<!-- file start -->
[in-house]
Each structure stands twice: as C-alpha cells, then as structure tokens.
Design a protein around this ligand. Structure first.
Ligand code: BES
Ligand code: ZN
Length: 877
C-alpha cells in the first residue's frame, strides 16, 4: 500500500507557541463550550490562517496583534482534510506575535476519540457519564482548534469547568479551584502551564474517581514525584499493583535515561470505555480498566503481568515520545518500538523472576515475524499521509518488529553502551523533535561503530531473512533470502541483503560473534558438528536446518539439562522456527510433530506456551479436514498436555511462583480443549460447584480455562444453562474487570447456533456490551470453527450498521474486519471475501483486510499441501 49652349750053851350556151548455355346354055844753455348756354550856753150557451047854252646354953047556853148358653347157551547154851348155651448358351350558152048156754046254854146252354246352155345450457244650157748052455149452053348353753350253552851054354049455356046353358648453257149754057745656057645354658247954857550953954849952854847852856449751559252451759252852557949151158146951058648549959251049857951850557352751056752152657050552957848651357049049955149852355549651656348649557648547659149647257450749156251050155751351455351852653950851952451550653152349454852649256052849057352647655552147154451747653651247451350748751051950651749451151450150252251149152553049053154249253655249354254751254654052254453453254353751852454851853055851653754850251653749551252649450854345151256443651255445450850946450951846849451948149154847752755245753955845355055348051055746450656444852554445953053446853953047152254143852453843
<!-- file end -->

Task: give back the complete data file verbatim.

[in-house]
Each structure stands twice: as C-alpha cells, then as structure tokens.
Design a protein around this ligand. Structure first.
Ligand code: BES
Ligand code: ZN
Length: 877
C-alpha cells in the first residue's frame, strides 16, 4: 500500500507557541463550550490562517496583534482534510506575535476519540457519564482548534469547568479551584502551564474517581514525584499493583535515561470505555480498566503481568515520545518500538523472576515475524499521509518488529553502551523533535561503530531473512533470502541483503560473534558438528536446518539439562522456527510433530506456551479436514498436555511462583480443549460447584480455562444453562474487570447456533456490551470453527450498521474486519471475501483486510499441501 49652349750053851350556151548455355346354055844753455348756354550856753150557451047854252646354953047556853148358653347157551547154851348155651448358351350558152048156754046254854146252354246352155345450457244650157748052455149452053348353753350253552851054354049455356046353358648453257149754057745656057645354658247954857550953954849952854847852856449751559252451759252852557949151158146951058648549959251049857951850557352751056752152657050552957848651357049049955149852355549651656348649557648547659149647257450749156251050155751351455351852653950851952451550653152349454852649256052849057352647655552147154451747653651247451350748751051950651749451151450150252251149152553049053154249253655249354254751254654052254453453254353751852454851853055851653754850251653749551252649450854345151256443651255445450850946450951846849451948149154847752755245753955845355055348051055746450656444852554445953053446853953047152254143852453843